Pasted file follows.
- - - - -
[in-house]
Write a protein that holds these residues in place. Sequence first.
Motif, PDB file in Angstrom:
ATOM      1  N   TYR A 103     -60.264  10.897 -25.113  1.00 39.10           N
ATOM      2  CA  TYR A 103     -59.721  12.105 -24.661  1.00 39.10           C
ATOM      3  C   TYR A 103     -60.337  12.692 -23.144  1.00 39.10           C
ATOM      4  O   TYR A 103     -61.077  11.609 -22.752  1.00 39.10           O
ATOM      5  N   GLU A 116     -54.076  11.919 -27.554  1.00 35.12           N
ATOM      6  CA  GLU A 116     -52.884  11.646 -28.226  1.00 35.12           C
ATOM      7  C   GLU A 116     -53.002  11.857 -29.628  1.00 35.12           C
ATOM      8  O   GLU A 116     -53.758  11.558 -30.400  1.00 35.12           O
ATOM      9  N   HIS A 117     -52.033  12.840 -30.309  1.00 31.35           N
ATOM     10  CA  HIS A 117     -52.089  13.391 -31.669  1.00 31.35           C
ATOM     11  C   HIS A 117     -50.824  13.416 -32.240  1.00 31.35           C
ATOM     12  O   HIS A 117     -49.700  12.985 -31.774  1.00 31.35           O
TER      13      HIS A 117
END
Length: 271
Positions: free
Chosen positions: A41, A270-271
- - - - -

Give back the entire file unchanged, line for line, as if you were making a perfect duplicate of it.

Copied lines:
[in-house]
Write a protein that holds these residues in place. Sequence first.
Motif, PDB file in Angstrom:
ATOM      1  N   TYR A 103     -60.264  10.897 -25.113  1.00 39.10           N
ATOM      2  CA  TYR A 103     -59.721  12.105 -24.661  1.00 39.10           C
ATOM      3  C   TYR A 103     -60.337  12.692 -23.144  1.00 39.10           C
ATOM      4  O   TYR A 103     -61.077  11.609 -22.752  1.00 39.10           O
ATOM      5  N   GLU A 116     -54.076  11.919 -27.554  1.00 35.12           N
ATOM      6  CA  GLU A 116     -52.884  11.646 -28.226  1.00 35.12           C
ATOM      7  C   GLU A 116     -53.002  11.857 -29.628  1.00 35.12           C
ATOM      8  O   GLU A 116     -53.758  11.558 -30.400  1.00 35.12           O
ATOM      9  N   HIS A 117     -52.033  12.840 -30.309  1.00 31.35           N
ATOM     10  CA  HIS A 117     -52.089  13.391 -31.669  1.00 31.35           C
ATOM     11  C   HIS A 117     -50.824  13.416 -32.240  1.00 31.35           C
ATOM     12  O   HIS A 117     -49.700  12.985 -31.774  1.00 31.35           O
TER      13      HIS A 117
END
Length: 271
Positions: free
Chosen positions: A41, A270-271